WASHINGTON – A State Department official assured members of the House Select Committee on Benghazi on Wednesday that the agency has made significant progress in implementing recommendations to provide the nation’s diplomatic corps with greater protections in the future.
Greg Starr, the assistant secretary for diplomatic security at Foggy Bottom, said 22 proposals issued by an independent accountability review board in wake of the Sept. 11, 2012, terrorist attack on the agency’s consulate in Benghazi, Libya, have been fully implemented and the remaining seven are in different stages of completion.
Starr informed the panel that though his agency can never fully eliminate the risk involved in some posts, “we want to keep our people safe.”
“Today we’re better prepared, better protected and informed to manage the risk,” Starr said.
Four people, including Ambassador Chris Stevens, were killed in the Benghazi onslaught, leading to a series of congressional investigations looking into the actions taken by the Obama administration both before and after the assault. The tenor of those probes created a rift between Republicans and Democrats, who accused the House majority of playing politics with the tragedy. House Speaker John Boehner (R-Ohio) ultimately elected to create a special panel to resolve the outstanding issues.
Despite Starr’s assurances regarding improved safety, one expert called by the committee maintained that the State Department is dawdling in fulfilling some of the recommendations.
Todd Keil, former assistant secretary for infrastructure protection at the Homeland Security Department, questioned whether the U.S. should assign personnel to especially dangerous hotspots around the globe and insisted that, in any case, a risk management process should be put in place to assess potential perils.
Keil also noted that the agency has yet to create the position of undersecretary for diplomatic security, a post that he said would have the effect of making diplomatic safety a higher priority.
“Clear the smoke,” Keil said. “Remove the mirrors. Now is the time for the Department of State to finally institutionalize some real, meaningful and progressive change.”
Rep. Trey Gowdy (R-S.C.), the committee chairman, also questioned whether the department is acting on the proposals with appropriate haste.
“We do not suffer from a lack of recommendations,” Gowdy said. “We do suffer from a lack of implementing and enacting those recommendations and that has to end. To those who believe it is time to move on, to those who believe that there is nothing left to discover, that all the questions have been asked and answered and that we’ve learned all the lessons that there are to be learned, we have heard all of that before, and it was wrong then.”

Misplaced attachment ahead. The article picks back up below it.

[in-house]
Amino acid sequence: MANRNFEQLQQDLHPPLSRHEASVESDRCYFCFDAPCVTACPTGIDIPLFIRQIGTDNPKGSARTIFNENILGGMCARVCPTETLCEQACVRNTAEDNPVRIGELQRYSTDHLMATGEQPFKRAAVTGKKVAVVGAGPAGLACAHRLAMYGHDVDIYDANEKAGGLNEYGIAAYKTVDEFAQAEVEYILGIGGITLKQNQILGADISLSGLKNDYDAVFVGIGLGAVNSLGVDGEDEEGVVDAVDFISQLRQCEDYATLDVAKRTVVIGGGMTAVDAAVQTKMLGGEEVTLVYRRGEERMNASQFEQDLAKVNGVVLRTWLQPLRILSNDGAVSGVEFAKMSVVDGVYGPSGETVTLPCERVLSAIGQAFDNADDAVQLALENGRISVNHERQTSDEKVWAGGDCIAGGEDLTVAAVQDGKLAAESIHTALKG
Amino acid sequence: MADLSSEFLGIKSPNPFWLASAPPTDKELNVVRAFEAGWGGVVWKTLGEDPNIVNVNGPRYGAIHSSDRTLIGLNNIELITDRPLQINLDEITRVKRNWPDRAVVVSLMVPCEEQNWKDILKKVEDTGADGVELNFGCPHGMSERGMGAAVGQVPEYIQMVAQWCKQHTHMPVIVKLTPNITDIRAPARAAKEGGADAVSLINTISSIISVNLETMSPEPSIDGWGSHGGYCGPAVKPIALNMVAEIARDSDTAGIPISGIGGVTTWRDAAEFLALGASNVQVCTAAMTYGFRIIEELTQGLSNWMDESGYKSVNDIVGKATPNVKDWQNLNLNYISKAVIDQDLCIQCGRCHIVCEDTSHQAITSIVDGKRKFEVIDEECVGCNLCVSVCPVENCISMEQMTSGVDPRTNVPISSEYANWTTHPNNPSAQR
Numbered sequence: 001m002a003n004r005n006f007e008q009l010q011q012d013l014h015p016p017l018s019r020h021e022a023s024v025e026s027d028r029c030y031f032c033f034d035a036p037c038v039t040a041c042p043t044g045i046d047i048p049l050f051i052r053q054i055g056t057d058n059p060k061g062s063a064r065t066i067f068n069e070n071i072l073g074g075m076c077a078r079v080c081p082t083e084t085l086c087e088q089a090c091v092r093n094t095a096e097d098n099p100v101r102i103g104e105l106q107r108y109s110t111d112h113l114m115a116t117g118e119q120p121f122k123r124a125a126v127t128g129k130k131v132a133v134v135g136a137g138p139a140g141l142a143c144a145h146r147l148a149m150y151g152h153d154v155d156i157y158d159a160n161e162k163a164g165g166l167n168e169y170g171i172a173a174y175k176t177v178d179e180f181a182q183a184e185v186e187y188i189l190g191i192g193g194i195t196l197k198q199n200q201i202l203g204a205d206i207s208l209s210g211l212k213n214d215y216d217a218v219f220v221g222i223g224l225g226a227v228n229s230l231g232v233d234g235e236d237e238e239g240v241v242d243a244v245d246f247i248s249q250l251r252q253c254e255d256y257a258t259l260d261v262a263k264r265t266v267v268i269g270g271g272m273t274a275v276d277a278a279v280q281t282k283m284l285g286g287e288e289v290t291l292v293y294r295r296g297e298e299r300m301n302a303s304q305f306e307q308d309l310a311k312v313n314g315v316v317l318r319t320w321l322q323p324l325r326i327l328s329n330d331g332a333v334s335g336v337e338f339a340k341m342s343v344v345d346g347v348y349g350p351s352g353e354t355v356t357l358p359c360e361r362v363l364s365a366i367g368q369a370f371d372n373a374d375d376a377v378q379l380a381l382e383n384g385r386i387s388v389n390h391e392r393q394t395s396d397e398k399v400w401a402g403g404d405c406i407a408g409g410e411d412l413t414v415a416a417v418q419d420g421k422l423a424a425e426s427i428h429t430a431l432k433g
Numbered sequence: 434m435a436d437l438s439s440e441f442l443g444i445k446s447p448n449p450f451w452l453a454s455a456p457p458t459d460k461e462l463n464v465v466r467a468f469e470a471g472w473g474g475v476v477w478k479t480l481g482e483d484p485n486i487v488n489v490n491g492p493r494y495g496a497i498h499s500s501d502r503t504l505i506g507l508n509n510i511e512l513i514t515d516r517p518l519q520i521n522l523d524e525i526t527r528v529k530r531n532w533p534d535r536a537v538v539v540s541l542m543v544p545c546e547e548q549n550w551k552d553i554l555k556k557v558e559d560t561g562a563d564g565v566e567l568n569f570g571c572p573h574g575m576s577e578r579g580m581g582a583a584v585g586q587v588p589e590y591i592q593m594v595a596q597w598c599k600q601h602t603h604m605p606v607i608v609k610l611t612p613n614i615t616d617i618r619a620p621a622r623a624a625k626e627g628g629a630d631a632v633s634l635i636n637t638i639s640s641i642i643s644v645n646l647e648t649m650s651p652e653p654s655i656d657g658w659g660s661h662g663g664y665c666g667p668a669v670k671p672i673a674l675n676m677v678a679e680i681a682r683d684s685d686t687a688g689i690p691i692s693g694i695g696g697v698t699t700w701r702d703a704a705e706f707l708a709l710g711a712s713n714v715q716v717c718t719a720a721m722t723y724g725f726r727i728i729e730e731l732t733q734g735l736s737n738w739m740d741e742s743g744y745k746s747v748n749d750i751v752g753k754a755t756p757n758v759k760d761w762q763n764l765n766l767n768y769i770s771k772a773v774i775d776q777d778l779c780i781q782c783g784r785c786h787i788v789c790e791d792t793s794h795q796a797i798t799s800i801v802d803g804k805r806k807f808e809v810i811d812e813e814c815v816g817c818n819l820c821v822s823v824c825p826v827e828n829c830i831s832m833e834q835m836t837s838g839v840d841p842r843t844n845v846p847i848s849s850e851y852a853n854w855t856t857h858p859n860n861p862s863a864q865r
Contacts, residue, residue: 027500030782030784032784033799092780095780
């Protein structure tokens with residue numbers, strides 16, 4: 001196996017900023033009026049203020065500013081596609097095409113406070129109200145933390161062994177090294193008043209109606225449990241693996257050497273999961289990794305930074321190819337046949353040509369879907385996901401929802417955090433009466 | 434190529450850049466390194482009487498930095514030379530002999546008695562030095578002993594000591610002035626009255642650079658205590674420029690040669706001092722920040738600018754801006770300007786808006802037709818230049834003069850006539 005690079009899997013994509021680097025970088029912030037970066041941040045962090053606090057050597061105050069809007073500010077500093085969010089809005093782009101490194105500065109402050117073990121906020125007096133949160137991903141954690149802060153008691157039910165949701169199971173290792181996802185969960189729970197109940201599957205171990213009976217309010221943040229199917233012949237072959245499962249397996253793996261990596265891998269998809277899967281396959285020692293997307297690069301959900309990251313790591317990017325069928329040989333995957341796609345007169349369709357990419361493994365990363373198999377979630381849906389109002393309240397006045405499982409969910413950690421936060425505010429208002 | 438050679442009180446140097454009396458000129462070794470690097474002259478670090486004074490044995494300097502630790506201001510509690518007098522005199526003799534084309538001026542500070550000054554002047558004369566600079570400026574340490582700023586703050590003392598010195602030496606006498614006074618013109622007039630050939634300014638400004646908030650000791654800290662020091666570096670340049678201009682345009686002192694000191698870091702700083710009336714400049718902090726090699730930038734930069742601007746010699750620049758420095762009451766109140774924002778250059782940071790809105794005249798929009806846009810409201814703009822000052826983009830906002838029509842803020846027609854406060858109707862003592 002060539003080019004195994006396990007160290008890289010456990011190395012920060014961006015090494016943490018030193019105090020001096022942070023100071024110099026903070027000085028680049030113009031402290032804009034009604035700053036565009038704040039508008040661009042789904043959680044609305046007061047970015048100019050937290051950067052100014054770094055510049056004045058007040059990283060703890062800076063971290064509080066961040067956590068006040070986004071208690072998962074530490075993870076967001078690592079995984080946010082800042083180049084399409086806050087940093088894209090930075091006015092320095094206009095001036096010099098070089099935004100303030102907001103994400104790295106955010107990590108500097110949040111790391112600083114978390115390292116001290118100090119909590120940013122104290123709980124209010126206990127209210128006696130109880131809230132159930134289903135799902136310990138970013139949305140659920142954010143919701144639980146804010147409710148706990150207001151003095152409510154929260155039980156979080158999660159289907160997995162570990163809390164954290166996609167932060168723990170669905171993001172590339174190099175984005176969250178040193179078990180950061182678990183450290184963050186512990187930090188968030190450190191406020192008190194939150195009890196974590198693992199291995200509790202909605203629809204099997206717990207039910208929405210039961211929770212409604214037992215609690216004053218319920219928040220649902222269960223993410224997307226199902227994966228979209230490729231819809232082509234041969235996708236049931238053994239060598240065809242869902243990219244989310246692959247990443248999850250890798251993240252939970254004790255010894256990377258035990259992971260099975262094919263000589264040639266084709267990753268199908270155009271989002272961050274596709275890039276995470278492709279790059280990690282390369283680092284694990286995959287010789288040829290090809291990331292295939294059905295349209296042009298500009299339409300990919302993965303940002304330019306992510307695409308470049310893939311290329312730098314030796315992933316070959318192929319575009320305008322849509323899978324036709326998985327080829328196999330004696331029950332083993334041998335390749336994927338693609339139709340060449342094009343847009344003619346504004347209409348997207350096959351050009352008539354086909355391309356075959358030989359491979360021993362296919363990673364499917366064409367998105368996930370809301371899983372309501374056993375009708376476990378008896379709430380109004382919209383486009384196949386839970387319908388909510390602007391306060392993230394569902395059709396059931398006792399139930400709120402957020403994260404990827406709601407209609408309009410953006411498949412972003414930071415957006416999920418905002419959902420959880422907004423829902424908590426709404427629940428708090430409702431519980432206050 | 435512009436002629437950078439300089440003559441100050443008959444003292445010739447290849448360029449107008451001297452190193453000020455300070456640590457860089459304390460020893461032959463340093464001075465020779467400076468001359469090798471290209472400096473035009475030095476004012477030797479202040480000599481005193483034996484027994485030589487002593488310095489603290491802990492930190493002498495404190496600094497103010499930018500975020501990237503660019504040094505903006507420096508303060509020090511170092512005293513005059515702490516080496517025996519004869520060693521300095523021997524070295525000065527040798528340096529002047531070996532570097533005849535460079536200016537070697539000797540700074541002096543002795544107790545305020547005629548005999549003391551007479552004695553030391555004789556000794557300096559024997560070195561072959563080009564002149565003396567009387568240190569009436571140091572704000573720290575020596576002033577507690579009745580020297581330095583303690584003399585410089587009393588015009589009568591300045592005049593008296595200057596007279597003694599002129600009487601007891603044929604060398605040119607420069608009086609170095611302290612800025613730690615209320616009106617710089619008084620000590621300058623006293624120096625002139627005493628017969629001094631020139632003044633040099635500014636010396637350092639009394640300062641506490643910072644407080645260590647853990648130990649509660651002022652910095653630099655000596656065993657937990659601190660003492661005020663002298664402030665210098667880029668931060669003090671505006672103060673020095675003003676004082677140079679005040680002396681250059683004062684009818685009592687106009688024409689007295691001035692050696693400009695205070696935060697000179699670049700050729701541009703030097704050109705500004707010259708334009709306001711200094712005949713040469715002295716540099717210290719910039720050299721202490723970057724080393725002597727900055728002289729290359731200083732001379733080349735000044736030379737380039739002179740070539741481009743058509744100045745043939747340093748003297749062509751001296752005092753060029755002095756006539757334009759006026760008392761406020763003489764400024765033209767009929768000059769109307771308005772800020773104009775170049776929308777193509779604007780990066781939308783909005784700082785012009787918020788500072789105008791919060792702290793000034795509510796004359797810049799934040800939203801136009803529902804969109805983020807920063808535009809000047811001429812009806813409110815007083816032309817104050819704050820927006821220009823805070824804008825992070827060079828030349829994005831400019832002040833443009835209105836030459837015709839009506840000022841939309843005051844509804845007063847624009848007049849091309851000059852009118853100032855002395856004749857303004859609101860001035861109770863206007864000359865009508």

Rep. Elijah Cummings (D-Md.), the committee’s ranking member, appeared to agree with much of the criticism and recommended that the panel arrange to call a State Department official in December for an update on implementation of the security procedures. Gowdy quickly agreed.
“I think it’s an excellent idea and I will pledge to you it will be done,” Gowdy said.
The cooperative spirit surrounding the hearing came as something of a surprise. Earlier sessions focusing on the Benghazi issue, primarily conducted by the House Committee on Oversight & Government Reform, often devolved into head-butting between Rep. Darrell Issa (R-Calif.), the panel chairman, and Cummings. Democrats at one point considered not participating in or cooperating with Gowdy’s panel.
Instead the session was void of conflict. In fact, the subject of the opening session was suggested by Rep. Adam Schiff (D-Calif.) and readily embraced by Gowdy, who thanked Cummings and others for their cooperation.
“I remain hopeful there are still things left in our country that can transcend politics,” Gowdy said in his opening remarks. “I remain convinced our fellow citizens deserve all of the facts of what happened before, during, and after the attacks in Benghazi and they deserve an investigative process worthy of the memory of those who died and worthy of the trust of our fellow citizens.”
Gowdy said the American public yearns “to see the right thing done, for the right reasons, and in the right way.”
“They want to know that something can rise above the din of politics,” he said. “They want to trust the institutions of government. So to fulfill the duties owed to those we serve and in honor of those who were killed perhaps we can be what those four brave men were: neither Republican nor Democrat. We can just be Americans in pursuit of the facts, the truth, and justice no matter where that journey takes us.”